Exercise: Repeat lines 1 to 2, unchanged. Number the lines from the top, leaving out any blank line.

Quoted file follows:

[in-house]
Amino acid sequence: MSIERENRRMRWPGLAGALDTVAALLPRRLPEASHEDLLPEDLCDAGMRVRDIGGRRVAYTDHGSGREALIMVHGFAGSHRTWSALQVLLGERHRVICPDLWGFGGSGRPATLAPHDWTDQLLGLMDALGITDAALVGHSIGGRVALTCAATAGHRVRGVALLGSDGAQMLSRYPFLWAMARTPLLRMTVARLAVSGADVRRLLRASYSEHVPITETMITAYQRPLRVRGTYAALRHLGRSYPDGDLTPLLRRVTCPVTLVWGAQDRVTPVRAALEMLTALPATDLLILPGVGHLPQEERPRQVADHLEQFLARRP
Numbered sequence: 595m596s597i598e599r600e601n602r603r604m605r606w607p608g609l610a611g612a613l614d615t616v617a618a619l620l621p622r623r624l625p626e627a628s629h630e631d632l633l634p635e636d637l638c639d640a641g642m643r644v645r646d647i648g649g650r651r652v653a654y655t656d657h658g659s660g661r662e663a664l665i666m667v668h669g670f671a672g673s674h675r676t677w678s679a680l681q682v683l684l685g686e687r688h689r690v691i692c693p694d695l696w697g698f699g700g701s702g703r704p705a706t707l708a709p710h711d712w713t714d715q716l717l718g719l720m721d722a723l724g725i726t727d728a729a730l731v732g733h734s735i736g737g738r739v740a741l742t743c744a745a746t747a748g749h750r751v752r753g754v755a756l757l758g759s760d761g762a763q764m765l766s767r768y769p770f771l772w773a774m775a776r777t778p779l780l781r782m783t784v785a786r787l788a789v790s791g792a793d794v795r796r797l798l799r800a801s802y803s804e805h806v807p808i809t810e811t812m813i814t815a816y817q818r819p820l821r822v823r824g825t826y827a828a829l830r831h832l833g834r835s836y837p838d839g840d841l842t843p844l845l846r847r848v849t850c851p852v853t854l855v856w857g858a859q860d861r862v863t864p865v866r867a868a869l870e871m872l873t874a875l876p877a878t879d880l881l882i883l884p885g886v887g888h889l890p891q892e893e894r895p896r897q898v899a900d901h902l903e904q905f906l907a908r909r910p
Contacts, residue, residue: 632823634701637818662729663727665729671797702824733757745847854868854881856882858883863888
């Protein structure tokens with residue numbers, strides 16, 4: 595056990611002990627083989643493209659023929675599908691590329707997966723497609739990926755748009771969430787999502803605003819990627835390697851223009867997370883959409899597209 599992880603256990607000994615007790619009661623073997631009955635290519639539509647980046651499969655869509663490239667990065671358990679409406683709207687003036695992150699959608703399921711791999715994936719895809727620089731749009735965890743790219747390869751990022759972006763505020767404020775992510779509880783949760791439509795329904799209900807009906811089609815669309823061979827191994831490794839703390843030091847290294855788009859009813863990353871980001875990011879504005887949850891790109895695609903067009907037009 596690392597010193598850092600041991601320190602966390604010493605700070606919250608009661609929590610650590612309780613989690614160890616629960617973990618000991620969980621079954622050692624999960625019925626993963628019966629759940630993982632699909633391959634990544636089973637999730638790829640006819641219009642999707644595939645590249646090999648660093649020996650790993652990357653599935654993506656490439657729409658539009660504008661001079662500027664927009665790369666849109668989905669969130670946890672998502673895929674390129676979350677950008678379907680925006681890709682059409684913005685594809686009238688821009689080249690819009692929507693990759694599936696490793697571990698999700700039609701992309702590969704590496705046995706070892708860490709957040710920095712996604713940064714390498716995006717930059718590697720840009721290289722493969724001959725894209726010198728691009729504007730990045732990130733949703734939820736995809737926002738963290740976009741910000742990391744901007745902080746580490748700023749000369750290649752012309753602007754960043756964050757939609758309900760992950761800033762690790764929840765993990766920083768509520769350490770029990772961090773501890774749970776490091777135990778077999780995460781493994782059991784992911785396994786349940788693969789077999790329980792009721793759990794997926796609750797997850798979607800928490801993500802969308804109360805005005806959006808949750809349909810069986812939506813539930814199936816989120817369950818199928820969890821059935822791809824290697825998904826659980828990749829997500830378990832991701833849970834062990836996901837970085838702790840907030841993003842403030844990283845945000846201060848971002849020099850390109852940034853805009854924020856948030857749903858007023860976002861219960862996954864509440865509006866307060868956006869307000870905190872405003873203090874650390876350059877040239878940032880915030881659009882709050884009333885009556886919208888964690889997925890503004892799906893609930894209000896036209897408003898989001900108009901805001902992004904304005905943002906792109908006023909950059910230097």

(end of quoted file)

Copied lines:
[in-house]
Amino acid sequence: MSIERENRRMRWPGLAGALDTVAALLPRRLPEASHEDLLPEDLCDAGMRVRDIGGRRVAYTDHGSGREALIMVHGFAGSHRTWSALQVLLGERHRVICPDLWGFGGSGRPATLAPHDWTDQLLGLMDALGITDAALVGHSIGGRVALTCAATAGHRVRGVALLGSDGAQMLSRYPFLWAMARTPLLRMTVARLAVSGADVRRLLRASYSEHVPITETMITAYQRPLRVRGTYAALRHLGRSYPDGDLTPLLRRVTCPVTLVWGAQDRVTPVRAALEMLTALPATDLLILPGVGHLPQEERPRQVADHLEQFLARRP